This political season, a lot has been written about white women and black women as if they were monolithic groups. We need a refresher course on essentialism.
Some people consider women innately different from men. Some critics call this essentialism because it suggests all women share the same essential traits.
Others think that the oppression of women as women links us all together. Some also consider this essentialism, saying not all women have the same experiences. For example, some women of color accuse white feminists of talking about “women” without understanding or acknowledging differences.
Learning about difference can be a lifelong project because each of us is unique.
If you oppose universal statements in regard to gender, it would make sense that you would oppose them in regard to other categories, such as race, ethnicity, sexuality, class, age, ability, etc. For example, talking about black women as if they all share the same views and a common experience of oppression would seem just as essentialist. It would erase differences among black women.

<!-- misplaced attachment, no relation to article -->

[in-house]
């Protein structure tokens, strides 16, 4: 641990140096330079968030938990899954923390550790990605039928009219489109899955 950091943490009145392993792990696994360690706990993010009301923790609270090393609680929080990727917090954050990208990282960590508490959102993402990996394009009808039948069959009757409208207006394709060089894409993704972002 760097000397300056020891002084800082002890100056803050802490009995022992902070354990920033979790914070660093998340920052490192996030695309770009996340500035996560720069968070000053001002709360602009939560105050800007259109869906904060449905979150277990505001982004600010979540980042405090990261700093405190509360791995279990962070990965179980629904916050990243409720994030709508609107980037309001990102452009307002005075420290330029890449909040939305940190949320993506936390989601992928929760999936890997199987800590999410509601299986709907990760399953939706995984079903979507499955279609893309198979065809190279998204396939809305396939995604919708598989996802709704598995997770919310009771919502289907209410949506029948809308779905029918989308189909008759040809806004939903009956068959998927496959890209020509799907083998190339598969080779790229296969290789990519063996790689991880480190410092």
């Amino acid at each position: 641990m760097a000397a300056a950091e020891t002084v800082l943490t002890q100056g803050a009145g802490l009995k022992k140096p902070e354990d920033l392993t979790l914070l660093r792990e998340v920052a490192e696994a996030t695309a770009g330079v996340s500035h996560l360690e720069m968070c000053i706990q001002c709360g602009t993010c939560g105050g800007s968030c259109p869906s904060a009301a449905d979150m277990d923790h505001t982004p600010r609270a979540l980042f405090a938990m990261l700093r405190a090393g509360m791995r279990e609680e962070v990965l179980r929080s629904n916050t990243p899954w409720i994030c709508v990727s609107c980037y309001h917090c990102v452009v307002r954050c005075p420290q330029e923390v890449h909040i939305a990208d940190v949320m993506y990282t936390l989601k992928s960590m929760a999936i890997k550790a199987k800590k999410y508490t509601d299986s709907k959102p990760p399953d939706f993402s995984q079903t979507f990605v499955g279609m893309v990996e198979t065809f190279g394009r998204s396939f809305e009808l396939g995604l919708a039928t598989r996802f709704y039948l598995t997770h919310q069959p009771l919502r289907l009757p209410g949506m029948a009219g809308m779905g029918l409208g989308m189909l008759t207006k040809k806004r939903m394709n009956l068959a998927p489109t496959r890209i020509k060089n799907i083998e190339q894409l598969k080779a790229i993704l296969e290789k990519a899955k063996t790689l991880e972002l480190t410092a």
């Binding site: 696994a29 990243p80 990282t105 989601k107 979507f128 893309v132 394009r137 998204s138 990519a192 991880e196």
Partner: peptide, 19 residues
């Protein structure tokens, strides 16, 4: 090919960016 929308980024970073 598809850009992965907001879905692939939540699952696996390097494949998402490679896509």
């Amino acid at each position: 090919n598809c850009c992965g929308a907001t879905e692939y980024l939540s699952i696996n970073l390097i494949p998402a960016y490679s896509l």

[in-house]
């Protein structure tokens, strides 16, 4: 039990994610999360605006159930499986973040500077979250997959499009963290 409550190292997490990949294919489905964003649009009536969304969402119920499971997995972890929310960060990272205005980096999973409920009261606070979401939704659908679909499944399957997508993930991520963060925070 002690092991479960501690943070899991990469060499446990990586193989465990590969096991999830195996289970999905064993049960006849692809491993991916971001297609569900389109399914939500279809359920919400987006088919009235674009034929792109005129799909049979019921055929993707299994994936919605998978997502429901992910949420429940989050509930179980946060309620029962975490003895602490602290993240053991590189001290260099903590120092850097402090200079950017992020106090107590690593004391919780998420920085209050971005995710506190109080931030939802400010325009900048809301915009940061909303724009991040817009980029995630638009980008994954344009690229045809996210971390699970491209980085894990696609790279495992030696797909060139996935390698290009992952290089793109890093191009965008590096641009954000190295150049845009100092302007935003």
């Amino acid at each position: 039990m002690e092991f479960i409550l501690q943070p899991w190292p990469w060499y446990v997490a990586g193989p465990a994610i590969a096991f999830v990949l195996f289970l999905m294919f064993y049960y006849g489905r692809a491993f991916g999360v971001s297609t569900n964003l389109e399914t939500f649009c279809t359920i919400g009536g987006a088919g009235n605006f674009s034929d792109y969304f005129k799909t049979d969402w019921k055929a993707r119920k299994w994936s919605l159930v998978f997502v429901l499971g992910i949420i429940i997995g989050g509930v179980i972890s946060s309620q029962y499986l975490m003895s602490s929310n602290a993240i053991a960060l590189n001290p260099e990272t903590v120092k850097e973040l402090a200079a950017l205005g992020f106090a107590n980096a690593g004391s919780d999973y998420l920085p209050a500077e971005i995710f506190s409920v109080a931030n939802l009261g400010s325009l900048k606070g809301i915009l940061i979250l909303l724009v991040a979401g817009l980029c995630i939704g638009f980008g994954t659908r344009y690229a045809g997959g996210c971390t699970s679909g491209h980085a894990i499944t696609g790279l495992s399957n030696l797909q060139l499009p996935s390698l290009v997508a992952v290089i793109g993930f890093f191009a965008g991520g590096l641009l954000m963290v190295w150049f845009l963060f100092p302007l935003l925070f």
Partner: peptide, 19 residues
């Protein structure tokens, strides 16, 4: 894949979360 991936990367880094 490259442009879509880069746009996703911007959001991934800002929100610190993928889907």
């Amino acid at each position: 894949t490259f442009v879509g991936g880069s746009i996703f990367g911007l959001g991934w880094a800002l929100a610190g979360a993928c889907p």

The same goes for privilege. If people don’t all experience oppression the same way, then they don’t experience privilege the same way. To put it another way, if we can’t say that one group shares the same disadvantages, we can’t say that another group has all the same advantages.
Want more concrete examples? A white woman who suffers from a chronic illness and works for low pay still has racial privilege over a black woman who also is ill and low paid. But a healthy, rich black woman has privileges in regard to ability and income. Consider two white women who have the same illness and same low pay. One may feel oppressed, and the other may not. We do not all experience the world in the same way.